JavaScript | this Identifier

In JavaScript, ‘this’ identifier can be used in different contexts and scopes. Let us go through each to determine what this is and how it is decided.

Global Scope

Whenever ‘this’ keyword is used in the global context i.e. not as a member of function or object declaration, it always refers to the Global object. The following example will illustrate this behavior.

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// Declaring variable in global context.
var a = "GFG";
console.log(a);
  
// Using this we refer to the Global Context.
// And update the value of a we declared previously.
this.a = "GeeksforGeeks";
console.log(a);

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Output:

GFG
GeeksforGeeks

Functional Scope



If a function has a ‘this’ reference inside it, it can be said that the this refers to an object, not the function itself( which is generally the most common mistake programmers make ).
To determine which object the ‘this’ points to depends on how the function was called in the first place. The following example will put some light on the case.

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// Function that contains this.
function myFunc() {
  console.log( this.a );
}
  
var a = "Global";
  
// Owner of the function.
var myObj1 = {
  a: "myObj1",
  myFunc: myFunc
};
  
// Object other than the owner.
var myObj2 = {
  a: "myObj2"
};
  
// Call the funtion in Global Scope.
myFunc();
  
// Call the funtion from the reference of owner. 
myObj1.myFunc();
  
// Call the function from the reference
// of object other than the owner.
myFunc.call( myObj2 );
  
// Create a new undefined object.
new myFunc();

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Output:

Global
myObj1
myObj2
undefined

Seeing the above example, we can see four different ways we can determine what this points to. There are four rules for how this gets set, let us explain these four for ourselves.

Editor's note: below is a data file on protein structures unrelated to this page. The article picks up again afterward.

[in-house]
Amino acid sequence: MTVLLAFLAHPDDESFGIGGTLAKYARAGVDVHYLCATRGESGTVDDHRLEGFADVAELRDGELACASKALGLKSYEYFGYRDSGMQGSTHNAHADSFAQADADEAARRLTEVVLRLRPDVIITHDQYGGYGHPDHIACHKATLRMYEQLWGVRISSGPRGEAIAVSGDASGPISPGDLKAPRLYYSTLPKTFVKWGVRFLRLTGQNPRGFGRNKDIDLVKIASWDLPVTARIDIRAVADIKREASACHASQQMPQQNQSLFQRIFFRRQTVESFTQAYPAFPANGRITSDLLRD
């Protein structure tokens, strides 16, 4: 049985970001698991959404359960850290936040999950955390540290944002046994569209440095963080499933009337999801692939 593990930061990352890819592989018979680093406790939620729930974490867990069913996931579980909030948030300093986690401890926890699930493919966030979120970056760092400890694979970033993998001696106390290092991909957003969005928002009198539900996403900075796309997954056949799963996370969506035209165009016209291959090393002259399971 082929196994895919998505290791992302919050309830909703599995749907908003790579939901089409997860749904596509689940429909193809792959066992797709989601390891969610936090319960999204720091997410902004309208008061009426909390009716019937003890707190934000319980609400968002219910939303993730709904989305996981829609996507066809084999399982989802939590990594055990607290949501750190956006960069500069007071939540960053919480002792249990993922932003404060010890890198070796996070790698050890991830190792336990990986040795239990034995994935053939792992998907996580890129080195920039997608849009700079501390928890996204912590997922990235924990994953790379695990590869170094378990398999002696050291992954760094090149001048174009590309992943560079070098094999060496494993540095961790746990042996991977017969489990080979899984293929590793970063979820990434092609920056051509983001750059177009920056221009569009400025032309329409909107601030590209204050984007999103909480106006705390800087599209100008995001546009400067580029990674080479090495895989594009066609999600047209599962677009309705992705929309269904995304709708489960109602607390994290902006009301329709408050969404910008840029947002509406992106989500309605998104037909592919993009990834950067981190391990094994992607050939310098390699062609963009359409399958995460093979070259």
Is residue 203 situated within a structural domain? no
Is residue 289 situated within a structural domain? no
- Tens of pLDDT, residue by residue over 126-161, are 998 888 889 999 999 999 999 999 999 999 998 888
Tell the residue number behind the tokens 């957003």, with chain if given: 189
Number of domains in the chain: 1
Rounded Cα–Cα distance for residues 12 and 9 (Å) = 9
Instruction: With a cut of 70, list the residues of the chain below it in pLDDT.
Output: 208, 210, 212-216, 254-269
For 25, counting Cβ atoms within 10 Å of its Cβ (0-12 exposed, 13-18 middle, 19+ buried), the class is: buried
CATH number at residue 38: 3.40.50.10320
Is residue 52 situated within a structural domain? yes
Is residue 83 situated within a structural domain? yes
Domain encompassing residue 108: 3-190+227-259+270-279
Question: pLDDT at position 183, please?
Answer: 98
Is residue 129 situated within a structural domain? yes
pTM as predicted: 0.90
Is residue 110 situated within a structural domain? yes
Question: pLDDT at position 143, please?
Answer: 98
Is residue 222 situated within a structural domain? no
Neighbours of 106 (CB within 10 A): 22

• In the first call, myFunc() ends up setting this to the Global object in non-strict mode. Whereas, in strict mode this would be undefined and JavaScript will throw an error in accessing the property.
  • myObj1.myFunc() sets this to the myObj1 object, here myObj1 is the owner of the Function myFunc and we are calling the function with the reference of the object itself, Thus in such cases this will refer to the owner object.
  • myFunc.call(myObj2) sets this to the myObj2 object. This proves that this doesn’t always point to the owner object, it rather points to the object under whose scope the function was called.
  • new myFunc() sets this to a brand new empty object thus we get undefined in the console log.

Note: We can determine whom ‘this’ refers by following this simple technique. Whenever a function containing ‘this’ is called, we should look at the immediate left of the parentheses pair “()”. If on the left side of the parentheses there is a reference, then “this” refers to the object it belongs to, otherwise, it refers to the global object. Provided we haven’t used any special Function to invoke the Function.

Inside an Event Handler

‘this’ inside of an event handler always refers to the element it was triggered on. Let us see an example to illustrate the same.

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<div id="clickMe">Welcome to GFG!</div>
  
function clickedMe() { 
    console.log(this.innerHTML); 
  
clickedMe(); // undefined because global object. 
  
var myElem = document.getElementById('clickMe'); 
myElem.onclick = clickedMe; 
   
myElem.onclick(); // Welcome to GFG!

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Output:

undefined
Welcome to GFG!

We can see here that the first call was made in the Global scope thus ‘this’ referred to the Global Object and undefined was logged. Then we have copied the function to myElem.onclick event thus whenever the onclick function is invoked, ‘this’ refers to the myElem element which is the div with id clickMe thus “Welcome to GFG!” gets logged.

Now we can say that we know how this gets set to a particular object and we have one less misconception to worry about.



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